BRIEF DESCRIPTION OF THE DRAWINGS

FIG. 1 is a perspective view of the top elements of the cleat to be used with the preferred embodiment of the subject pedal.

FIG. 2 is perspective view of the bottom elements of the cleat to be used with the preferred embodiment of the subject pedal.

FIG. 3 is a perspective view of an embodiment of the subject pedal.

FIG. 4 is a side view of an embodiment of the subject pedal and cleat.

FIG. 5 is a perspective view of one of the spring plates used in the first embodiment.

FIG. 6 is a perspective view of an alternate embodiment using a different clamping means.

FIG. 7 is a perspective view of an alternate embodiment with adjustable spring tension.

FIG. 8 is a side elevational view of a bicycle with a cleat and pedal system being used by a rider.

DETAILED DESCRIPTION

The invention solves each of the noted limitations in the existing art. The subject invention omits the standard coiled springs or elastomers and attendant hardware from standard SPD pedals. Instead, in the preferred embodiment, it uses spring-tempered steel to form the cleat plates, and uses extensions of each cleat plate to form the mechanisms for clamping both edges of the cleat engaging the opposite side of the pedal. Using spring-tempered steel allows the clamping mechanism itself to flex.

FIG. 1 shows an example of the SPD-type cleat that is presently preferred for use with one embodiment of the subject invention, viewing the surface of the cleat that faces the sole of the rider's shoe. Cleat 2 is generally made of a hard and strong material such as steel. It may be cast, forged or machined, or made by a combination of these techniques. The cleat includes a slot 4, through which two screws or bolts (not shown) are threaded into a threaded metal insert inside the shoe, thereby securing the cleat firmly to the sole of the shoe. Shoes having such threaded inserts and a sole configuration compatible with such cleats are well known and widely available.

The cleat has extensions 6 at the front and rear edges that are used to engage the SPD or other appropriate pedal mechanism. Each extension has recesses 8 which allow portions of the pedal mechanism to fit into said recessed area when the rider has inserted the cleat into the pedal. Each extension also has a tab 10 which fits into a corresponding recess in the mechanism of the pedal and prevents the cleat from being rotated relative to the pedal unless a force sufficient to overcome the spring has been applied.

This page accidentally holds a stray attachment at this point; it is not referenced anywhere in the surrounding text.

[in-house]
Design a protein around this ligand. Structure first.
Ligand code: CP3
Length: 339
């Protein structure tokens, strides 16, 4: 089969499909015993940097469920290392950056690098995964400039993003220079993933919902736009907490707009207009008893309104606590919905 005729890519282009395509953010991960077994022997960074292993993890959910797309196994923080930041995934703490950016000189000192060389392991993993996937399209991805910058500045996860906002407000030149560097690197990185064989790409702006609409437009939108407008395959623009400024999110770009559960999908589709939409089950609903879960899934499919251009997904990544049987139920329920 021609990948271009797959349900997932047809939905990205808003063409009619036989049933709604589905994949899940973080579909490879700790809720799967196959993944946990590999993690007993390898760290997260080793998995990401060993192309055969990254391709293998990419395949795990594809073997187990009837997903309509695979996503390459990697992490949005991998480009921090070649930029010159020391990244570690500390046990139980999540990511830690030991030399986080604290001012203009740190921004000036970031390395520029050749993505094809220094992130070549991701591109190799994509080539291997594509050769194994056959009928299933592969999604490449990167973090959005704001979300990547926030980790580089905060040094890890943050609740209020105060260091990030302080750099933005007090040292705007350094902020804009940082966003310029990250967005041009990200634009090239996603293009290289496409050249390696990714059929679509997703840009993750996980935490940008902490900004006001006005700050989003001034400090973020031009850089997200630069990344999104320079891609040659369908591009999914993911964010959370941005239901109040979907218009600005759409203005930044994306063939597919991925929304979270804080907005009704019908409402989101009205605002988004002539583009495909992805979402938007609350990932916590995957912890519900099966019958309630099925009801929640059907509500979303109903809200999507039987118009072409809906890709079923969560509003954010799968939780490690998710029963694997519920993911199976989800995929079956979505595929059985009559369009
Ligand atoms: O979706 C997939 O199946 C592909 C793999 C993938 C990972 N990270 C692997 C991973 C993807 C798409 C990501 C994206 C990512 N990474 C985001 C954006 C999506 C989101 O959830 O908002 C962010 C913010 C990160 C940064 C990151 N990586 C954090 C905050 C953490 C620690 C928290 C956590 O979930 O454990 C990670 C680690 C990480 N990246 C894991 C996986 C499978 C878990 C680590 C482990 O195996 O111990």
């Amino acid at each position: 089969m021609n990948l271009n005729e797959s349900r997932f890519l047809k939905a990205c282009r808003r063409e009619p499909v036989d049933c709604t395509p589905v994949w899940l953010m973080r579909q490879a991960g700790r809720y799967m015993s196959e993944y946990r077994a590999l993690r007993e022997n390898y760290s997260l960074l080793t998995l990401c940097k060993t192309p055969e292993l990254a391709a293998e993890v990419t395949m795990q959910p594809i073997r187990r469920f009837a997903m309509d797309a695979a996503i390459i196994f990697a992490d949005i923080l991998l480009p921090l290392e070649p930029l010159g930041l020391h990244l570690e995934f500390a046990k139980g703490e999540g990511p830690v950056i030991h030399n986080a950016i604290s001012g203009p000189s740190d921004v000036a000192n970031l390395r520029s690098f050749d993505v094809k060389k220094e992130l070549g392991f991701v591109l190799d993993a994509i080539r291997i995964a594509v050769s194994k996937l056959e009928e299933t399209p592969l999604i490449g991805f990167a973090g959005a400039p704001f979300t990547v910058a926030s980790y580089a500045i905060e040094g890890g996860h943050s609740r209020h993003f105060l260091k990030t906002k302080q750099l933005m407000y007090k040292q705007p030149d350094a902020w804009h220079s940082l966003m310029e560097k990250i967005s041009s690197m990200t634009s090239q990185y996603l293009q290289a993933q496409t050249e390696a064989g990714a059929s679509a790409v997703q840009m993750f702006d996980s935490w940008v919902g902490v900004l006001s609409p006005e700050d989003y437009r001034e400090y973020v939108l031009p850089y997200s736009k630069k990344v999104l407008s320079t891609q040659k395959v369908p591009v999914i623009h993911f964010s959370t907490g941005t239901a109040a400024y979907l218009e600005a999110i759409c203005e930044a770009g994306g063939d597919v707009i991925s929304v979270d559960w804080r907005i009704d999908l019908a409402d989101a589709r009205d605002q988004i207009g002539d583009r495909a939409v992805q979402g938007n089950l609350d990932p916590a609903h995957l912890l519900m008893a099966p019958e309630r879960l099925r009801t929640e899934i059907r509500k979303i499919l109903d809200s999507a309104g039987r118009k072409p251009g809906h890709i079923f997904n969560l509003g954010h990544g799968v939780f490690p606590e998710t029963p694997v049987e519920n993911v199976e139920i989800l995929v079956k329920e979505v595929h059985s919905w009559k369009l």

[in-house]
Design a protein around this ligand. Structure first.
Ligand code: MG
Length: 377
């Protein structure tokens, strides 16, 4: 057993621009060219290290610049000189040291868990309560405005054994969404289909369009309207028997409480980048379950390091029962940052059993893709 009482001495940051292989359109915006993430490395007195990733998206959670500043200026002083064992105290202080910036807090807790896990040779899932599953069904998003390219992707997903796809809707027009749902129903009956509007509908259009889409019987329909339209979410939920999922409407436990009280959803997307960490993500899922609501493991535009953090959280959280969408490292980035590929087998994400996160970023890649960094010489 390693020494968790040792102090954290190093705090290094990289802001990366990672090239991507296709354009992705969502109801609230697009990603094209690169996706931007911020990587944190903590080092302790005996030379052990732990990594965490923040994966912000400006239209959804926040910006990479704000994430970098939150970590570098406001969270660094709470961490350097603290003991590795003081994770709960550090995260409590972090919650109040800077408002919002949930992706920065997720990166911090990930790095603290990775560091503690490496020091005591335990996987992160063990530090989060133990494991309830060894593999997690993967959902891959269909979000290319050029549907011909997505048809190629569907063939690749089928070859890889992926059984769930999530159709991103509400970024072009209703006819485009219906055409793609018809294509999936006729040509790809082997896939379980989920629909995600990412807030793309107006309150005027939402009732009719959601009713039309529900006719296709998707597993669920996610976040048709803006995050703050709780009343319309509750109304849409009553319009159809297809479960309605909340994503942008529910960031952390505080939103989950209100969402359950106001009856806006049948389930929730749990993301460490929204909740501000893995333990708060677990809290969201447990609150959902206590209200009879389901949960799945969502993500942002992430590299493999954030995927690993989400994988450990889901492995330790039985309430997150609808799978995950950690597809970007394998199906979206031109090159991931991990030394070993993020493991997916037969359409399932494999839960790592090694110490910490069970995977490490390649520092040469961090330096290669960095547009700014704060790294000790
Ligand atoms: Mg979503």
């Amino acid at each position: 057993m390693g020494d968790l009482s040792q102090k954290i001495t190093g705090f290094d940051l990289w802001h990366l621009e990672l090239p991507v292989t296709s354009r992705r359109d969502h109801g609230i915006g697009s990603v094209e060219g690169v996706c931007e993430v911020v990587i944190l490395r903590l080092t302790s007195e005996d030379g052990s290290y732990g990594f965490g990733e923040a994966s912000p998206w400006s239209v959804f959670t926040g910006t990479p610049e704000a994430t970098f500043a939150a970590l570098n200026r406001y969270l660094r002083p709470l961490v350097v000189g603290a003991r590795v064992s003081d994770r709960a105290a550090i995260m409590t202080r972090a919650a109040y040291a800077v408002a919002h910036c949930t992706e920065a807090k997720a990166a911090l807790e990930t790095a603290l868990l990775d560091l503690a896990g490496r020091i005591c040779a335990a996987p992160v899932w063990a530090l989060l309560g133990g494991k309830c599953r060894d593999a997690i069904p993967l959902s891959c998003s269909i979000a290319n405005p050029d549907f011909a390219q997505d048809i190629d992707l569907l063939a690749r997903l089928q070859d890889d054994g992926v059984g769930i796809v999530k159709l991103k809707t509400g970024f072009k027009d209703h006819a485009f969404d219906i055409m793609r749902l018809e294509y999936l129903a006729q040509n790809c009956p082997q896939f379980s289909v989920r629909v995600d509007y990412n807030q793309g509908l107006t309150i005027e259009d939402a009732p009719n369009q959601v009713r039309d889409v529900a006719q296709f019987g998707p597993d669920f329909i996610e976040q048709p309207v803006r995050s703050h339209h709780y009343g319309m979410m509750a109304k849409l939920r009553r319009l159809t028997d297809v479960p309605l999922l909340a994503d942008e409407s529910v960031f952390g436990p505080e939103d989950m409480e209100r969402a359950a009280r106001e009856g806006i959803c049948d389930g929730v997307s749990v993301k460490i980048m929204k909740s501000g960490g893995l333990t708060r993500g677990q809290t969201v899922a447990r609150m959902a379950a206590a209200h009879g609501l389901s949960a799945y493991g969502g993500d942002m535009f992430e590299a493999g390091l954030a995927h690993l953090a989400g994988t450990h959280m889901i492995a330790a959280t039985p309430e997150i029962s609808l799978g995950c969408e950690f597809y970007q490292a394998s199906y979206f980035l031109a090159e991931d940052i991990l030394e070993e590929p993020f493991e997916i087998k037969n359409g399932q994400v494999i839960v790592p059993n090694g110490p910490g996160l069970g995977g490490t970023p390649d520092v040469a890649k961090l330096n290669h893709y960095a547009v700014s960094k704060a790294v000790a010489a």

FIG. 2 shows the same cleat embodiment from the bottom side. As is conventional and well-known in the art, recess 12 holds a two-holed washer (not shown) which helps to locate the two screws that hold the cleat to the shoe. Bevels or chamfers 14 on extensions 6 act as camming surfaces to open the SPD or other pedal mechanism when the cleat is pressed into the pedal. Face 16 faces the ground when walking and rests against the cleat plate of the pedal when the cleat is engaged inside the pedal mechanism.

FIG. 3 shows a perspective view of one presently preferred embodiment of the subject invention. Pedal 20 consists of spindle 22 for attaching the pedal to the crankarm of a bicycle. The spindle will generally be made of a steel alloy, although titanium or any other material having the necessary strength, hardness and ductility may also be used. Pedal body 24 holds the conventional bearings that permit the pedal to rotate on the spindle, and supports and allows attachment of spring plates 26 a and 26 b. Pedal body 24 can be made from a wide variety of materials including aluminum, magnesium, various plastics and polymers, or even steel. It can be made through forging, casting, injection molding, machining or other processes depending upon the material used and the properties required.

Spring plates 26 a and 26 b are preferably made of heat-treated steel, although other materials such as titanium having appropriate spring properties could be used. They are preferably manufactured by stamping from flat sheet-metal and formed to the final shape. Each of the spring plates 26 a and 26 b has recesses 27 a and 27 b in the engagement edges 30 a and 30 b for retaining tabs 10 in the cleat. In the preferred embodiment, spring plates 26 a and 26 b are identical parts, with one attached to the top and the other attached to the bottom of pedal body 24 with screws 28. At least a portion of the rider's weight and pedaling force is transmitted to the pedal through surface 29 of spring plate 26 b. When the cleat 2 is engaged in the other side of the pedal, the cleat rests on the equivalent surface of spring plate 26 a.

FIG. 4 is a side view of the pedal 20 showing the relationship of spring plates 26 a and 26 b with cleat 2. Spring plates 26 a and 26 b are formed so that they will interfit with each other in the manner shown in FIGS. 3 and 4. When cleat 2 is brought into the position shown, camming surfaces 14 press against the leading and trailing engagement edges 30 a and 30 b of spring plate 26 a. Pressing camming surfaces 14 against engagement edges 30 a and 30 b causes the engagement edges 30 a and 30 b to be forced away from camming surfaces 14, allowing the mating surface 16 of the cleat to contact the mating surface 29 of spring plate 26 b. When the cleat recesses 8 have reached the engagement edges 30 a and 30 b, the engagement edges will be forced by the spring tension inherent in these parts to return to their original positions, thereby capturing and retaining the cleat 2.